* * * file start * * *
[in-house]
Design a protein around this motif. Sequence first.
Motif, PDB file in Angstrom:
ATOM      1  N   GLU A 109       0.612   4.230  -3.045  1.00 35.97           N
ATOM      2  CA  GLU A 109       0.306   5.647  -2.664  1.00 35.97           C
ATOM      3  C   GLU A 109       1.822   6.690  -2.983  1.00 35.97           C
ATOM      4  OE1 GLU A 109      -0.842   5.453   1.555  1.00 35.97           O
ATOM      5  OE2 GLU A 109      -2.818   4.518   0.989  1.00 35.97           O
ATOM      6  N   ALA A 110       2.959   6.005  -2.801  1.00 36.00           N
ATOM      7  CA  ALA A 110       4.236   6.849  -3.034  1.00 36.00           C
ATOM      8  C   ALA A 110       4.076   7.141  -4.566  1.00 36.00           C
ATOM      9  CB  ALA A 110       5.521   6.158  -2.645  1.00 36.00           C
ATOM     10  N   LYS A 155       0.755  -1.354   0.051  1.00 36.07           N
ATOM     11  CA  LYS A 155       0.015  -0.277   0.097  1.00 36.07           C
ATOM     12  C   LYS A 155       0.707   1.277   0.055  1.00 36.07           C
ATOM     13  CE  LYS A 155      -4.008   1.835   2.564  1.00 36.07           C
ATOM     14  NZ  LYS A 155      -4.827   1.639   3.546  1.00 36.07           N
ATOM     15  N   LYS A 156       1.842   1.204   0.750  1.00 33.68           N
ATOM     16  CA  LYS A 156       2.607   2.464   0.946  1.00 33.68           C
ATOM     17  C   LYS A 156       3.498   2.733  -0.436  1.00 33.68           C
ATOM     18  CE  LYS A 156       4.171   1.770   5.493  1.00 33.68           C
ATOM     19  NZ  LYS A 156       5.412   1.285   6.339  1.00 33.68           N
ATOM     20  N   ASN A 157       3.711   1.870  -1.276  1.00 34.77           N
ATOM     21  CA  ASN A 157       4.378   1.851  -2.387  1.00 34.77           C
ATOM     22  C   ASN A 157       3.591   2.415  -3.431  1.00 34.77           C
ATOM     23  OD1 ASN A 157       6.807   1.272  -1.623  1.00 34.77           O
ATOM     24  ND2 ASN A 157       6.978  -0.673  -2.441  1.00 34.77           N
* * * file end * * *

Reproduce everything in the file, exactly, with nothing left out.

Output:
[in-house]
Design a protein around this motif. Sequence first.
Motif, PDB file in Angstrom:
ATOM      1  N   GLU A 109       0.612   4.230  -3.045  1.00 35.97           N
ATOM      2  CA  GLU A 109       0.306   5.647  -2.664  1.00 35.97           C
ATOM      3  C   GLU A 109       1.822   6.690  -2.983  1.00 35.97           C
ATOM      4  OE1 GLU A 109      -0.842   5.453   1.555  1.00 35.97           O
ATOM      5  OE2 GLU A 109      -2.818   4.518   0.989  1.00 35.97           O
ATOM      6  N   ALA A 110       2.959   6.005  -2.801  1.00 36.00           N
ATOM      7  CA  ALA A 110       4.236   6.849  -3.034  1.00 36.00           C
ATOM      8  C   ALA A 110       4.076   7.141  -4.566  1.00 36.00           C
ATOM      9  CB  ALA A 110       5.521   6.158  -2.645  1.00 36.00           C
ATOM     10  N   LYS A 155       0.755  -1.354   0.051  1.00 36.07           N
ATOM     11  CA  LYS A 155       0.015  -0.277   0.097  1.00 36.07           C
ATOM     12  C   LYS A 155       0.707   1.277   0.055  1.00 36.07           C
ATOM     13  CE  LYS A 155      -4.008   1.835   2.564  1.00 36.07           C
ATOM     14  NZ  LYS A 155      -4.827   1.639   3.546  1.00 36.07           N
ATOM     15  N   LYS A 156       1.842   1.204   0.750  1.00 33.68           N
ATOM     16  CA  LYS A 156       2.607   2.464   0.946  1.00 33.68           C
ATOM     17  C   LYS A 156       3.498   2.733  -0.436  1.00 33.68           C
ATOM     18  CE  LYS A 156       4.171   1.770   5.493  1.00 33.68           C
ATOM     19  NZ  LYS A 156       5.412   1.285   6.339  1.00 33.68           N
ATOM     20  N   ASN A 157       3.711   1.870  -1.276  1.00 34.77           N
ATOM     21  CA  ASN A 157       4.378   1.851  -2.387  1.00 34.77           C
ATOM     22  C   ASN A 157       3.591   2.415  -3.431  1.00 34.77           C
ATOM     23  OD1 ASN A 157       6.807   1.272  -1.623  1.00 34.77           O
ATOM     24  ND2 ASN A 157       6.978  -0.673  -2.441  1.00 34.77           N